• Choosers: designing a highly expressive algorithmic music composition system for non-programmers

      Bellingham, Matt; Holland, SImon; Mulholland, Paul (2017-09-11)
      We present an algorithmic composition system designed to be accessible to those with minimal programming skills and little musical training, while at the same time allowing the manipulation of detailed musical structures more rapidly and more fluidly than would normally be possible for such a user group. These requirements led us to devise nonstandard programming abstractions as the basis for a novel graphical music programming language in which a single basic element permits indeterminism, parallelism, choice, multi-choice, recursion, weighting and looping. The system has general musical expressivity, but for simplicity here we focus on manipulating samples. The musical abstractions behind the system have been implemented as a set of SuperCollider classes to enable end-user testing of the graphical programming language via a Wizard of Oz prototyping methodology. The system is currently being tested with undergraduate Music Technology students who are typically neither programmers, nor traditional musicians.
    • Feeling the beat where it counts: fostering multi-limb rhythm skills with the haptic drum kit

      Holland, SImon; Bouwer, Anders J; Dalgelish, Mathew; Hurtig, Topi M (ACM Press, 2010)
      This paper introduces a tool known as the Haptic Drum Kit, which employs four computer-controlled vibrotactile devices, one attached to each wrist and ankle. In the applications discussed here, haptic pulses are used to guide the playing, on a drum kit, of rhythmic patterns that require multi-limb co-ordination. The immediate aim is to foster rhythm skills and multi-limb coordination. A broader aim is to systematically develop skills in recognizing, identifying, memorizing, retaining, analyzing, reproducing, and composing polyphonic rhythms. We consider the implications of three different theories for this approach: the work of the music educator Dalcroze (1865-1950 [1]; the entrainment theory of human rhythm perception and production [2,3]; and sensory motor contingency theory [4]. In this paper we report on a design study; and identify and discuss a variety of emerging design issues. The study demonstrates that beginning drummers are able to learn intricate drum patterns from haptic stimuli alone.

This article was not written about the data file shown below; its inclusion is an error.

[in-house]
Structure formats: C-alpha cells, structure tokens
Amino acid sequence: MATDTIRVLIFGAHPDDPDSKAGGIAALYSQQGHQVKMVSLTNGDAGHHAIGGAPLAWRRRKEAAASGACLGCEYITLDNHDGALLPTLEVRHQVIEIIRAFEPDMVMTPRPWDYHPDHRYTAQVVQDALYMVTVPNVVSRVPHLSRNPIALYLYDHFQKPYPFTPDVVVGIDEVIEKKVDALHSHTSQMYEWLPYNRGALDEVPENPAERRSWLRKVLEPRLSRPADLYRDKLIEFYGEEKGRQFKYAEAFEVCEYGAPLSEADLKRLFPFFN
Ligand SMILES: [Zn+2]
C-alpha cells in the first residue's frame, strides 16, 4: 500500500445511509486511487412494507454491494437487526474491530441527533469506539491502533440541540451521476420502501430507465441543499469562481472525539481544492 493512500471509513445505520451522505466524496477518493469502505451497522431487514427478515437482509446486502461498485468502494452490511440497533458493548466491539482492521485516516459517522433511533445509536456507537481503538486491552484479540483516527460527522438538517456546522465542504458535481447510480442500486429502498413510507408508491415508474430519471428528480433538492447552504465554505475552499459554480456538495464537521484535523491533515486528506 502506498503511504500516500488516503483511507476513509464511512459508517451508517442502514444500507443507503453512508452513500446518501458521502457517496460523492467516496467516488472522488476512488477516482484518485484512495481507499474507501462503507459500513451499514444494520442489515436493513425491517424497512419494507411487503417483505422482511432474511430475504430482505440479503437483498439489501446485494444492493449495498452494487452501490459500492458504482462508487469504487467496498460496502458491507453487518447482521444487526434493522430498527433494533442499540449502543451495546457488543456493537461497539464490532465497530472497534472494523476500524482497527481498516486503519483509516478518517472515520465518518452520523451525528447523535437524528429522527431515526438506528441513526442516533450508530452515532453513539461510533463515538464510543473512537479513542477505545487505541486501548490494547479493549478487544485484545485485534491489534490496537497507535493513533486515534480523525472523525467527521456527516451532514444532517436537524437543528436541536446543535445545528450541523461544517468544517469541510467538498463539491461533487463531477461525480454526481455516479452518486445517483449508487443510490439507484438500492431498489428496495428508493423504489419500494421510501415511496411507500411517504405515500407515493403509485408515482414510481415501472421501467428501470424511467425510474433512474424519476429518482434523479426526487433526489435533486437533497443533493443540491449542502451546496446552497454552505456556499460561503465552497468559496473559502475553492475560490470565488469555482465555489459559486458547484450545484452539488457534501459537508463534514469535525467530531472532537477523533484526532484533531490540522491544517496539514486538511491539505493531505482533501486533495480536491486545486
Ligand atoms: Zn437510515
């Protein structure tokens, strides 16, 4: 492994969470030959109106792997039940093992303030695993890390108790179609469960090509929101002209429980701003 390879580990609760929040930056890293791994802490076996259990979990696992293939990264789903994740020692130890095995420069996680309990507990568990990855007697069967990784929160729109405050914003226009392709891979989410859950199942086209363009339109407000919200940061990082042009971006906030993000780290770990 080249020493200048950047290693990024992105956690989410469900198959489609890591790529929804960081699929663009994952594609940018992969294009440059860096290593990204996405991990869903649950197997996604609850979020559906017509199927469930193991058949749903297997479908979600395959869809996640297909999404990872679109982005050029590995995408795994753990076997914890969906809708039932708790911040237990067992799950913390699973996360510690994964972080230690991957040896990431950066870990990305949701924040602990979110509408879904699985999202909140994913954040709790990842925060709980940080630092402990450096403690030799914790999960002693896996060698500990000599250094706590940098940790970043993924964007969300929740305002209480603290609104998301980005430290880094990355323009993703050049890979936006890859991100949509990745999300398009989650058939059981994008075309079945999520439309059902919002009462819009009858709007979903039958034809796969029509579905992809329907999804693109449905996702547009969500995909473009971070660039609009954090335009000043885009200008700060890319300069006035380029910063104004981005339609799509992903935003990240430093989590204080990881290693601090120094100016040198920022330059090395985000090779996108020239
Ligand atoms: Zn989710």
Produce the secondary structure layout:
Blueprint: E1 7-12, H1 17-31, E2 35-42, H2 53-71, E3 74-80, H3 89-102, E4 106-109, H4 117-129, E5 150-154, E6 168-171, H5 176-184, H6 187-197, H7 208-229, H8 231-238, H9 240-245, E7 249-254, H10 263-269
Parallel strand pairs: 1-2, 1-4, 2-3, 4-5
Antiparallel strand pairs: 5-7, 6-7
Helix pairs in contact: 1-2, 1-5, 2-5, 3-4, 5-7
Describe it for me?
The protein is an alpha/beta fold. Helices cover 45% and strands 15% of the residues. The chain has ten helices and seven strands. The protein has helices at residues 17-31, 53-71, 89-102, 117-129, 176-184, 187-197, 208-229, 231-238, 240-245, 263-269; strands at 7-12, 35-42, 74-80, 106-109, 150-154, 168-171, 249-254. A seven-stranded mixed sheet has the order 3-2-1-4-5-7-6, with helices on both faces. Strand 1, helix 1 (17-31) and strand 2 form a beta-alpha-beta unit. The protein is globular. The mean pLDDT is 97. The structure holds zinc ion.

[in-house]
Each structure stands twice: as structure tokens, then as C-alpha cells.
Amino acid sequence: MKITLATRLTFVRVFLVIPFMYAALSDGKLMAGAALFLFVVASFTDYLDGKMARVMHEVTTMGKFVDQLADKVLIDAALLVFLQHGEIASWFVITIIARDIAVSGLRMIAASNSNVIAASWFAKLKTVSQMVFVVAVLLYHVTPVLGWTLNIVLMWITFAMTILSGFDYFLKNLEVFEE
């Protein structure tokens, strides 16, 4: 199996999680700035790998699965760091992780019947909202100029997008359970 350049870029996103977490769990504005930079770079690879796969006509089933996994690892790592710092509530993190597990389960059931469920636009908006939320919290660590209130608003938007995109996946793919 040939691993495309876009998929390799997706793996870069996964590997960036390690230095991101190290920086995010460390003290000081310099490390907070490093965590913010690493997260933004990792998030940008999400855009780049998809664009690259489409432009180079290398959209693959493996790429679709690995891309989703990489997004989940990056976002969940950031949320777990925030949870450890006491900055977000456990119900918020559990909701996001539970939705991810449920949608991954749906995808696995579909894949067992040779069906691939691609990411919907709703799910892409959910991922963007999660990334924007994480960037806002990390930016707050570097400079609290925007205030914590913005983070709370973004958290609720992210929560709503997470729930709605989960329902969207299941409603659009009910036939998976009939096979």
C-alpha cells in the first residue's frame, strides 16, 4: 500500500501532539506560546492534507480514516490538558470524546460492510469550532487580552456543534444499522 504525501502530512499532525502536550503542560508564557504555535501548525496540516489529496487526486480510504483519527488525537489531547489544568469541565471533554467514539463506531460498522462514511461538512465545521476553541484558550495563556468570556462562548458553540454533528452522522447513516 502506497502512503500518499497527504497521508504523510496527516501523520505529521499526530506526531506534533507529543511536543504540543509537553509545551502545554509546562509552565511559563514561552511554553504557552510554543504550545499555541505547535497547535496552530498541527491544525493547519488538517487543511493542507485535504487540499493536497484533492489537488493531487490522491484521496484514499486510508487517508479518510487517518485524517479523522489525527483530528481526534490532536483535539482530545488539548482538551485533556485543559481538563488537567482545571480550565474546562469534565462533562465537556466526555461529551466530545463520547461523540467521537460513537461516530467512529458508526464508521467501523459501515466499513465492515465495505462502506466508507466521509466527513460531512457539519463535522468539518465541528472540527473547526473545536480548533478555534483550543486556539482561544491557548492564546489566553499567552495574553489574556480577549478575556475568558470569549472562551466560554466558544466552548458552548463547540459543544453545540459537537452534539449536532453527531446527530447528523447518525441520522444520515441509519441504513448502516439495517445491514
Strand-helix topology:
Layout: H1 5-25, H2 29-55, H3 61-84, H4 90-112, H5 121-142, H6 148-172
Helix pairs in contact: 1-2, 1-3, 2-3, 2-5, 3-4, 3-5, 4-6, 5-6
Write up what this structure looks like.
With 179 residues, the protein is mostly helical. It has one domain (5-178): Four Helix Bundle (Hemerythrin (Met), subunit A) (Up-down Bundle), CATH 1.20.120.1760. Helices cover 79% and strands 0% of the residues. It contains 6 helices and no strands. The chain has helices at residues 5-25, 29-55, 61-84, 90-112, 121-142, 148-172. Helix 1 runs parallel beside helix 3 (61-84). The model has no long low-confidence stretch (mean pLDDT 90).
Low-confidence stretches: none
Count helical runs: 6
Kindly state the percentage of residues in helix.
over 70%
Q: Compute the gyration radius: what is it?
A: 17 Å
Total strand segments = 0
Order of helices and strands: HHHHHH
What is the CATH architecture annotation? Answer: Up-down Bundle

• The haptic iPod: passive learning of multi-limb rhythm skills

      Dalgleish, Mat; Holland, SImon; Bouwer, Anders (British Computing Society (BCS), 2011-07-04)
      Recent experiments showed that the use of haptic vibrotactile devices can support the learning of multi-limb rhythms [Holland et al., 2010]. These experiments centred on a tool called the Haptic Drum Kit, which uses vibrotactiles attached to wrists and ankles, together with a computer system that controls them, and a midi drum kit. The system uses haptic signals in real time, relying on human entrainment mechanisms [Clayton, Sager and Will, 2004] rather than stimulus response, to support the user in playing multi-limbed rhythms. In the present paper, we give a preliminary report on a new experiment, that aims to examine whether passive learning of multi-limb rhythms can occur through the silent playback of rhythmic stimuli via haptics when the subject is focusing on other tasks. The prototype system used for this new experiment is referred to as the Haptic iPod.
    • Song Walker: Embodied interaction design for harmony